Tag: Consumer Confidence

But less optimistic about finding new jobs: New York Fed

According to the Federal Reserve Bank of New York’s Center for Microeconomic Data’s Survey of Consumer Expectations, consumers’ expectations for inflation substantially declined in July, but they were less optimistic about their ability to find a new job in the next three months.

Reports revealed that the median inflation expectations for one year ahead fell to 6.2% in July from 6.8% in June. The decline was broad-based across income groups but largest among respondents with annual household incomes of less than $50,000 and no more than a high school education.

Looking at the labor market, median one-year-ahead earnings growth remained unchanged for the seventh consecutive month in July at 3.0%.

Mean unemployment expectations — or the mean probability that the US unemployment rate will be higher one year from now — fell by 0.2 of a percentage point to 40.2% in July.

The mean perceived probability of losing one’s job in the next 12 months declined slightly to 11.8% in July from 11.9% in June. It remained below its pre-pandemic reading of 13.8% in February 2020.

The mean probability of leaving one’s job voluntarily in the next 12 months rose to 19.5% in July from 18.6% in June. The series has moved within a narrow 18.6% to 20.4% range over the past year.

Meanwhile, the mean perceived probability of finding a job in the next three months (if one’s current job was lost) declined to 55.9% in July from 56.8% in June, moving slightly below its trailing 12-month average of 56.5%.

The report draws data from an internet-based survey of a rotating panel of approximately 1,300 household heads.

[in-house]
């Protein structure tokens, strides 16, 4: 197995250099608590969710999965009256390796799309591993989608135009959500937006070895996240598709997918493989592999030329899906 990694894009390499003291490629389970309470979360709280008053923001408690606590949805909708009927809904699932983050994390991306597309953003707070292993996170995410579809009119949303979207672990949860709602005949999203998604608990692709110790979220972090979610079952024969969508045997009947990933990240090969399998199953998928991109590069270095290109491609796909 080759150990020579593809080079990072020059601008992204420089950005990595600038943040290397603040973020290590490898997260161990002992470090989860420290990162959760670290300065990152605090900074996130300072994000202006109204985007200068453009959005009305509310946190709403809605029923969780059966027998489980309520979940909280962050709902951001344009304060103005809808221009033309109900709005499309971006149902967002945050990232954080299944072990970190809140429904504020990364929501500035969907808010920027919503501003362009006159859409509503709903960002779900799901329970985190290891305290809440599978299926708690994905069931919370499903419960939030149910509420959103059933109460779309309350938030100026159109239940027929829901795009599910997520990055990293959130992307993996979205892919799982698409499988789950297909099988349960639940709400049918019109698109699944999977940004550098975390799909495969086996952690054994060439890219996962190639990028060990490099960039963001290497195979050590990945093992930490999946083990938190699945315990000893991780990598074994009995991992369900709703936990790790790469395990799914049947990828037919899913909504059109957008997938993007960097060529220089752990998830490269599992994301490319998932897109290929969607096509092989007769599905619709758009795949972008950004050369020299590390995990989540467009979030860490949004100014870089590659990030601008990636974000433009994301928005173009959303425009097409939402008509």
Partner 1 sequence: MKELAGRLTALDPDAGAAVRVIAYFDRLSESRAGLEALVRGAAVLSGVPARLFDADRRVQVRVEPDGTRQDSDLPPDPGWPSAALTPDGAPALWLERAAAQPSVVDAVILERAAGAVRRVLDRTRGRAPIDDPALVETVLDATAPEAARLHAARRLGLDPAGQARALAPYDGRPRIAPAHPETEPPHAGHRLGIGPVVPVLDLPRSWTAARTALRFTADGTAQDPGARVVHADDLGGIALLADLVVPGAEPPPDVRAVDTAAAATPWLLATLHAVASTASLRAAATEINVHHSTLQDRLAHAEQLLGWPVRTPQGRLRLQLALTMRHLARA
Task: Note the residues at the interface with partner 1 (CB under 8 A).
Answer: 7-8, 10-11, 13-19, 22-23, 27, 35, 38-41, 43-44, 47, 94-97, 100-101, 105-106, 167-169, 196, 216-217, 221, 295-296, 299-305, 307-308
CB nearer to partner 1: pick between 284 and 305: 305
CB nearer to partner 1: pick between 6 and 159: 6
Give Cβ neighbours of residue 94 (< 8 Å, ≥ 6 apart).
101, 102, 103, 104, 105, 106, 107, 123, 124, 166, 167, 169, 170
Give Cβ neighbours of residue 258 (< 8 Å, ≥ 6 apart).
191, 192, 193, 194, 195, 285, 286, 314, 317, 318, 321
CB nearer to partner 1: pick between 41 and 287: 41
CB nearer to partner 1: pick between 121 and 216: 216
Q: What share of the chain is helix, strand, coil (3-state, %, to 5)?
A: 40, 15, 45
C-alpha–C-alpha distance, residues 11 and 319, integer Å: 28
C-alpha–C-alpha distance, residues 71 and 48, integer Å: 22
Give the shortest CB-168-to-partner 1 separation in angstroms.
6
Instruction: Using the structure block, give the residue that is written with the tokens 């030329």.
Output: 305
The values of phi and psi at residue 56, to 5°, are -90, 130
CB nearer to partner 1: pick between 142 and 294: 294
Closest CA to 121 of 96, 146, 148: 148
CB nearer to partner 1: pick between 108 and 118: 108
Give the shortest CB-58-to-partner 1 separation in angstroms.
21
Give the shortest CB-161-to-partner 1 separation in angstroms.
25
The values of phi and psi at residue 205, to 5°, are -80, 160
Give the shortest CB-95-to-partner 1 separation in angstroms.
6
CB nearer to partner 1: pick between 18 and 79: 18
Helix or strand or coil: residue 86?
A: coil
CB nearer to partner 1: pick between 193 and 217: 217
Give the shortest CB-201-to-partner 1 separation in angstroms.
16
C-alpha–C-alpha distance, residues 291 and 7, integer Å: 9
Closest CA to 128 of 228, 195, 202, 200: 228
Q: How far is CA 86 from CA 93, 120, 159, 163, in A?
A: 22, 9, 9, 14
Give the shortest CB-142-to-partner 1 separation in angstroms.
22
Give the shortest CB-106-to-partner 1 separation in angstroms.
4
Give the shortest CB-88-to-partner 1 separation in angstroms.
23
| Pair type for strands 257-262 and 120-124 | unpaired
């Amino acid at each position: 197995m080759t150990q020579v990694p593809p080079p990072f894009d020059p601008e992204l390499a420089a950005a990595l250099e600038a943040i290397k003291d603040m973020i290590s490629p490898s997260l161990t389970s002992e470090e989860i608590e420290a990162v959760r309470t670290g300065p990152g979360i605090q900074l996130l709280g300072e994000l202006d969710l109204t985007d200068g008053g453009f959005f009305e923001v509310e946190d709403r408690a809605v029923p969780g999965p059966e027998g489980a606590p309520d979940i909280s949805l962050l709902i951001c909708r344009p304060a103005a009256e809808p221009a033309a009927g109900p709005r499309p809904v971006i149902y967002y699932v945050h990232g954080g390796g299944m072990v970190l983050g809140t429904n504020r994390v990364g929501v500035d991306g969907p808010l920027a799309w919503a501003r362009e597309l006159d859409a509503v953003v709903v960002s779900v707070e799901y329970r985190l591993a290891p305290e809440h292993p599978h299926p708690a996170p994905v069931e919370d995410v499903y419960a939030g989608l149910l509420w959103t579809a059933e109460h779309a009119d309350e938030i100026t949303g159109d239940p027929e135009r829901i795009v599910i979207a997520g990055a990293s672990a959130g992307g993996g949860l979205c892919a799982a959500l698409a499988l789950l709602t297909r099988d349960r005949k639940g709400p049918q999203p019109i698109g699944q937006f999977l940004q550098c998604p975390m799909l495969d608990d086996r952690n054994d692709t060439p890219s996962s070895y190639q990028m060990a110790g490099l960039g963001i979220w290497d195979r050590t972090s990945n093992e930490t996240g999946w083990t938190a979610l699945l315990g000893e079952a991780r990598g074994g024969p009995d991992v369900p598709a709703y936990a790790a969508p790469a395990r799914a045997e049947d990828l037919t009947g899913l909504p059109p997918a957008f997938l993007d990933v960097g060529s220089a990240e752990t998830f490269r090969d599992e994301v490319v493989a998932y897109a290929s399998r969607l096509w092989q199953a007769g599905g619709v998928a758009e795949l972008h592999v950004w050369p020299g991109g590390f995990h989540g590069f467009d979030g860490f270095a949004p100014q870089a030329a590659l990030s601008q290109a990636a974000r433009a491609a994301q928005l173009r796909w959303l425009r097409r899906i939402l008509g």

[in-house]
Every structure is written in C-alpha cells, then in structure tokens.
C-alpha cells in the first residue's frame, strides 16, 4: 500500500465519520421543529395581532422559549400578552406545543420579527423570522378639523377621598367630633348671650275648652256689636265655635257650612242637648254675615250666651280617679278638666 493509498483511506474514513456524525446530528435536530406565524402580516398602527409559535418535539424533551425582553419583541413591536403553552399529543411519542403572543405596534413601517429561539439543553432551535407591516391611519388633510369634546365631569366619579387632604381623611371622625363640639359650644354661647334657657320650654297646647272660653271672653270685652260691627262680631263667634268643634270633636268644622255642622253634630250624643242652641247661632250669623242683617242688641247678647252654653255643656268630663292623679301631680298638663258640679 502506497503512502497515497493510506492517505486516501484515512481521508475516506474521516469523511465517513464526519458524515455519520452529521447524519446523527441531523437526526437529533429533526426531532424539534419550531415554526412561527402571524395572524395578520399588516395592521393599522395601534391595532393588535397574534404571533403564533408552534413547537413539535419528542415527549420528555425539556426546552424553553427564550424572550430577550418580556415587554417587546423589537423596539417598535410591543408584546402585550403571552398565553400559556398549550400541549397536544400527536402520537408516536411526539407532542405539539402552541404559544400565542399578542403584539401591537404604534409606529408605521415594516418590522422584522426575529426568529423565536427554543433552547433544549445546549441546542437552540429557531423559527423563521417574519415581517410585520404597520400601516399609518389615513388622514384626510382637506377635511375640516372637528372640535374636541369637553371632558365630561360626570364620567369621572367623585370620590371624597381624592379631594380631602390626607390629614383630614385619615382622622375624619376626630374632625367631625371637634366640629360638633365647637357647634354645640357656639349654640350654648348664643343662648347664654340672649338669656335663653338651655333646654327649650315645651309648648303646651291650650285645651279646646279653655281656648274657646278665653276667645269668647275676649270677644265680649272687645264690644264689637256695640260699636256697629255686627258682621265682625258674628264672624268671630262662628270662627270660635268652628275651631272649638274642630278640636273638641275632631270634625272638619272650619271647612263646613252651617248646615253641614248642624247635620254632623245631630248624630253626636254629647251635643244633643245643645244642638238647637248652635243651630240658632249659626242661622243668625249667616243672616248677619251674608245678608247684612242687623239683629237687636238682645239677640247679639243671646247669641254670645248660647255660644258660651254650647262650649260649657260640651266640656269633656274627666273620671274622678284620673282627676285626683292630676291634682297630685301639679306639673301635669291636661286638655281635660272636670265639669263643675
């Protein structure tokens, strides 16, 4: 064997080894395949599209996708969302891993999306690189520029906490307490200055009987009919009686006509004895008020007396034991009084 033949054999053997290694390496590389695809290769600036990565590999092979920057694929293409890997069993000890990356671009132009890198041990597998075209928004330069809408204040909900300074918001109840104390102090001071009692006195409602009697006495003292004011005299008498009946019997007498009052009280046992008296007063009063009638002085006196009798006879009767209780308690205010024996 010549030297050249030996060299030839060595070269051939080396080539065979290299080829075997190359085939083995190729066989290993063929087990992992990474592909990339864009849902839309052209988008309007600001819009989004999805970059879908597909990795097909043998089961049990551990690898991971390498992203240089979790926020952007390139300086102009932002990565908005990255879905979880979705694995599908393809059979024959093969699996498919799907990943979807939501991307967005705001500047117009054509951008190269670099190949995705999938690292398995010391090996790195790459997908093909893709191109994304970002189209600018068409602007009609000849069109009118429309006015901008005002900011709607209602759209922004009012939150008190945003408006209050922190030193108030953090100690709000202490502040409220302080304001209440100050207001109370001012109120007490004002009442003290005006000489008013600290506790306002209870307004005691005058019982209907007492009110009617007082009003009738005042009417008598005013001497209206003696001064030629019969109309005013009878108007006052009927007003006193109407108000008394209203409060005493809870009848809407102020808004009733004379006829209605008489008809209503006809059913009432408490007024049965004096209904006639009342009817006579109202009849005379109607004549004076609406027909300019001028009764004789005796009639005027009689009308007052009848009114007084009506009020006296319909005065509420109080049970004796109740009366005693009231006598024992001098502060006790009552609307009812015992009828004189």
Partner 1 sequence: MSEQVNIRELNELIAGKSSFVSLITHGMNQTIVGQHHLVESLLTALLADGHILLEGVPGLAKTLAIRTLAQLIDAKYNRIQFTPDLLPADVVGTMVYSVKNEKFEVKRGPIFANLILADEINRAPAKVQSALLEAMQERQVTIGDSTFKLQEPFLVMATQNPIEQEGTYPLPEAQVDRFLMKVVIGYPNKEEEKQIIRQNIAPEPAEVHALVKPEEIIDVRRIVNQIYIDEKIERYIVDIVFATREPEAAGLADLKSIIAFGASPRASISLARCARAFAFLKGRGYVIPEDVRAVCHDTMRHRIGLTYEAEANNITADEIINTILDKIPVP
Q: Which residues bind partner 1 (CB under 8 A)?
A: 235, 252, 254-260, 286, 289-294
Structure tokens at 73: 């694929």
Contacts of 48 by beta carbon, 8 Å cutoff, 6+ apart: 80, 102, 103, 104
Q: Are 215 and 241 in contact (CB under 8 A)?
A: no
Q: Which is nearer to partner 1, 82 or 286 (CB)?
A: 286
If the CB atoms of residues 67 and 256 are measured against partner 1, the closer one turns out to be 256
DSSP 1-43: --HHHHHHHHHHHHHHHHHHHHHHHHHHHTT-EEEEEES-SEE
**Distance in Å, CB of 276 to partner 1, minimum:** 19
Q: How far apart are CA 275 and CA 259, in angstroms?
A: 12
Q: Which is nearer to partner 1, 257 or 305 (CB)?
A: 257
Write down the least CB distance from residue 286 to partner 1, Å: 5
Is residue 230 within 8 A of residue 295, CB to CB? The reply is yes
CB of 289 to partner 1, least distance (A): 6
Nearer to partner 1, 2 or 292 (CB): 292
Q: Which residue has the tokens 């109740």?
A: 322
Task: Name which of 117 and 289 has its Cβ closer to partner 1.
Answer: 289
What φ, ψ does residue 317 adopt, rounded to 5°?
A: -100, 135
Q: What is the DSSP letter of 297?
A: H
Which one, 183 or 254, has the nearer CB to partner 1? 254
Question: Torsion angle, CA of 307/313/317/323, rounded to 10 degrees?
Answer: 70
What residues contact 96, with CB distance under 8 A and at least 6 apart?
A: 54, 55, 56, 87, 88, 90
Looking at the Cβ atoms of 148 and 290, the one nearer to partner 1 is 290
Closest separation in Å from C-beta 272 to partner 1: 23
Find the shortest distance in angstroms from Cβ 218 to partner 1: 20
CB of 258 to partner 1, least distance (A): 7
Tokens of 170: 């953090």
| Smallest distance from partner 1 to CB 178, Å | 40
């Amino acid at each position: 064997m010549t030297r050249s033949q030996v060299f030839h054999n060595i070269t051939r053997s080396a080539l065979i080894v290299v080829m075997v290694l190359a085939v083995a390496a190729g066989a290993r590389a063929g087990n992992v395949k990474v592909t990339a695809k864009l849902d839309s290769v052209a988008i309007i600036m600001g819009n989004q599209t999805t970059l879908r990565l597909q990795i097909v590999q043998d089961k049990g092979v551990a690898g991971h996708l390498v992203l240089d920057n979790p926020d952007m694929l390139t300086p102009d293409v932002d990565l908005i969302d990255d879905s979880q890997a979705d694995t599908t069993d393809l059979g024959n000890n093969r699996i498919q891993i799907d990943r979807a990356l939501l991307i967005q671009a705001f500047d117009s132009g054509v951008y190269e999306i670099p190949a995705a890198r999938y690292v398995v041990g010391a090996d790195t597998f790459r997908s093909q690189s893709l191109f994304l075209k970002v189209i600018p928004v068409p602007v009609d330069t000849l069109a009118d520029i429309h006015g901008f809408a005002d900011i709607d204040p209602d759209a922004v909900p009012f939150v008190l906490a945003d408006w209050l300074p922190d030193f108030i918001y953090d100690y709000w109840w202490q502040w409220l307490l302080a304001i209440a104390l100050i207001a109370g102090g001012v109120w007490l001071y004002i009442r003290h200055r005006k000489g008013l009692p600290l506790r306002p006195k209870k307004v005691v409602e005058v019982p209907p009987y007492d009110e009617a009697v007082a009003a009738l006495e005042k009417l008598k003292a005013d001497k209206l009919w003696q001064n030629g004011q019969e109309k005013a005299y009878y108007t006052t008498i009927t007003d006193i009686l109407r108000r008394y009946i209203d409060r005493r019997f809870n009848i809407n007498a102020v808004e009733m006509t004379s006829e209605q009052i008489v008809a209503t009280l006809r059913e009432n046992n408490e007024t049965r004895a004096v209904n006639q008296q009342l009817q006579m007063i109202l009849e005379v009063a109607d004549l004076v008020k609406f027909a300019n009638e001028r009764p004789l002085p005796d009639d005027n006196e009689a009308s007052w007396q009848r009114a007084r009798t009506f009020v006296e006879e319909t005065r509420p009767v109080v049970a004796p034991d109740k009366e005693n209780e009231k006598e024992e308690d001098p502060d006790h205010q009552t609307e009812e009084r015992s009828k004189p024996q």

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17.0% of consumers said business conditions were “good,” down from 19.5% in June

According to the Conference Board Consumer Confidence Index, consumer confidence fell moderately in July following a larger decline in June.

It marked the third consecutive month of declines in the index, which now stands at a level of 95.7, down from 98.4 in June.

Lynn Franco, Senior Director of Economic Indicators at The Conference Board said that the decrease was driven primarily by a decline in the Present Situation Index. The Expectations Index held relatively steady, but remained well below a reading of 80, suggesting recession risks persist.

Franco said: “Looking ahead, inflation and additional rate hikes are likely to continue posing strong headwinds for consumer spending and economic growth over the next six months.”

Inflation and surging gas and food prices remained top concerns for consumers and weakened their expectations, Franco went on to note. Meanwhile, purchasing intentions for cars, homes, and major appliances have softened further in July.

Present situation

  • Consumers’ appraisal of current business conditions was less favorable in July. 17.0% of consumers said business conditions were “good,” down from 19.5% in June. However, 24.0% of consumers said business conditions were “bad,” up from 22.8%.
  • Consumers’ assessment of the labor market was less optimistic: 50.1% of consumers said jobs were “plentiful,” down from 51.5% in June, and 12.3% of consumers said jobs were “hard to get,” up from 11.6%.

Six-month outlook

  • Consumers’ optimism about the short-term business conditions outlook was mixed in July; 14.0% of consumers expect business conditions will improve, down from 14.6% in June. Conversely, 27.2% expect business conditions to worsen, down from 29.7%.
  • Consumers’ optimism about the short-term labor market outlook was also mixed;15.7% of consumers expect more jobs to be available, down from 15.9% in June. However, 21.4% anticipate fewer jobs, down from 22.2%.
  • Consumers were more pessimistic about their short-term financial prospects. The index found 14.7% of consumers expect their incomes to increase, down from 16.1% in June, while 15.7% expect their income to decrease, up from 15.3%.
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